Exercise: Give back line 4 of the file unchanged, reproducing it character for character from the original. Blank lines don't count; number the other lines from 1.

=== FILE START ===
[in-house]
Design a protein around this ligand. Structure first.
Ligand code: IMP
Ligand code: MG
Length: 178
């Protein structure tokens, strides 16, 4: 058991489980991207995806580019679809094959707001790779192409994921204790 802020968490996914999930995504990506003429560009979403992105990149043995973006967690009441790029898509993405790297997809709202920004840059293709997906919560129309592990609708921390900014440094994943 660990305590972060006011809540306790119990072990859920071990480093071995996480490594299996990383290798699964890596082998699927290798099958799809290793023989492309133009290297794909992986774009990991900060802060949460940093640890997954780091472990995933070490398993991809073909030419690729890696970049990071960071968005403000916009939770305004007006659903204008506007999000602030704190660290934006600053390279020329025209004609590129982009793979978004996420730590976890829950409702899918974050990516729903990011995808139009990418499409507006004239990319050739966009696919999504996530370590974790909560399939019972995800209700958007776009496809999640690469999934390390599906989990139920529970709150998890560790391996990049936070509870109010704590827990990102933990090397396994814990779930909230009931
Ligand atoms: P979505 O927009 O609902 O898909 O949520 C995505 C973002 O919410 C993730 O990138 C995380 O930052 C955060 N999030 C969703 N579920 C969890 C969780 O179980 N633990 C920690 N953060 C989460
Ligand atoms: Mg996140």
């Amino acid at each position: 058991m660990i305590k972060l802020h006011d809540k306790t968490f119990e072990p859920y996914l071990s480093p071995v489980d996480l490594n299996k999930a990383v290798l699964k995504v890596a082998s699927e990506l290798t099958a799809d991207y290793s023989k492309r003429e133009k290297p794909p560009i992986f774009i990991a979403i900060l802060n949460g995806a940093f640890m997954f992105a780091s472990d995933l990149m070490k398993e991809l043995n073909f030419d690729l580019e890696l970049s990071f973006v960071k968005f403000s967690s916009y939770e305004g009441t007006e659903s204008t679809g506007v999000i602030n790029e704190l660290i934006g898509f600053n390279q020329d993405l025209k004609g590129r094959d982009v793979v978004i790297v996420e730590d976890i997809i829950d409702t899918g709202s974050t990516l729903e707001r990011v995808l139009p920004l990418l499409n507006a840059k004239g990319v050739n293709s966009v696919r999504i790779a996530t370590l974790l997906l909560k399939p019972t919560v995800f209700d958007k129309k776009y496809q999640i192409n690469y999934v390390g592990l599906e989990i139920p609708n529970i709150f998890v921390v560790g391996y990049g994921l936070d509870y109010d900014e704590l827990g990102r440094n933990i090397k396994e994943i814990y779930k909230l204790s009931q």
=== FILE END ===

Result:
Ligand code: MG